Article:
After her mother dies, Berkley Whitmore moves to Cedar Key, Fla., to open a chocolate shop, hoping to find the answers to a family mystery she’s uncovered; along the way, she’ll find the home she’s always dreamed of, with a new community of friends and the possibility of true love.
Berkley’s lived her 40-something years in New England, working with her mother and grandmother in the family chocolate business. After her mother dies, she finds a stack of postcards that lead her to the small island community of Cedar Key, where her mother apparently spent a number of months without Berkley, who was 5 at the time. Convinced the mystery has some significance and will help her overcome some of her ambivalence toward her mother, she begins to ask questions of the friendly, close-knit community. The move and the quest bring her closer to an aunt she’s never really known, the other business owners in Cedar Key and to a local author she feels she can fall in love with. She’s happier than she’s ever been, and her chocolates seem to be having a positive influence on the town too. Despite its intriguing premise, a cozy, small-town backdrop, and even the hint of some magic, this book fails to rise to its potential. The narrative tells rather than shows nearly every emotional element of the plot, and what could be an interesting unveiling of the mystery at the center of the story is so poorly handled that the answers are dumped together in an amateurish way, as well as blunted by the awkward and ham-fisted “climax” scene. The internal and external dialogue is often generic and unrealistic, and the characters are simplistic and two-dimensional. Even the core romance lacks tension, either emotional or sexual, and there doesn’t seem to be much in the way of conflict throughout most of the book, other than The Mystery, which the main character makes no real progress on until near the end of the book, when suddenly all the pieces fall into place, though, it’s not completely clear why some of those same pieces couldn’t have assembled themselves more than 100 pages earlier.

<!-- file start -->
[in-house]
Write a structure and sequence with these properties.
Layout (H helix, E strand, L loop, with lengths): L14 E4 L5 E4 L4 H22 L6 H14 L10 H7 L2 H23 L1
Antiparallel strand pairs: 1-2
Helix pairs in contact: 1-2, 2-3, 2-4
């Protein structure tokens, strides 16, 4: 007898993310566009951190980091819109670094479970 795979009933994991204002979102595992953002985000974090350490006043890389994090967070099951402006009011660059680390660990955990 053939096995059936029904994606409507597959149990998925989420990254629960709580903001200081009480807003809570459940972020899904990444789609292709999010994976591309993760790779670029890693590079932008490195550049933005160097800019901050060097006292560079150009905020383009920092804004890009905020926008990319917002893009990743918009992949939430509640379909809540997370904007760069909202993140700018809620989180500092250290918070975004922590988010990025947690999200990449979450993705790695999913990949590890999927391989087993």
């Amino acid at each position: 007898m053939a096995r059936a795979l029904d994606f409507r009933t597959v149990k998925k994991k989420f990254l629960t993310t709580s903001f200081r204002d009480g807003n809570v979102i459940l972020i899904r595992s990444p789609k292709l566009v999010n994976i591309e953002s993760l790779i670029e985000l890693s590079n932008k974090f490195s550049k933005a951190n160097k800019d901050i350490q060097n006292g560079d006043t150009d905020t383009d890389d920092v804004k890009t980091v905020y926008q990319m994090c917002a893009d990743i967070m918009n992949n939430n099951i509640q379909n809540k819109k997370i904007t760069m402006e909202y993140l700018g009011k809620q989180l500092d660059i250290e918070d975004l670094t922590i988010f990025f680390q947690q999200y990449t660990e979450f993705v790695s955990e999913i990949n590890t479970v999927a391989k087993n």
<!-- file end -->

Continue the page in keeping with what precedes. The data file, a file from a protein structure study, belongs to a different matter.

Lackluster writing and storytelling, as well as inconsistent plot elements, diminish the book’s impact, but many romance and DuLong fans will find this sweet story, set in a friendly community with some unique, texturizing details, enough to keep them interested.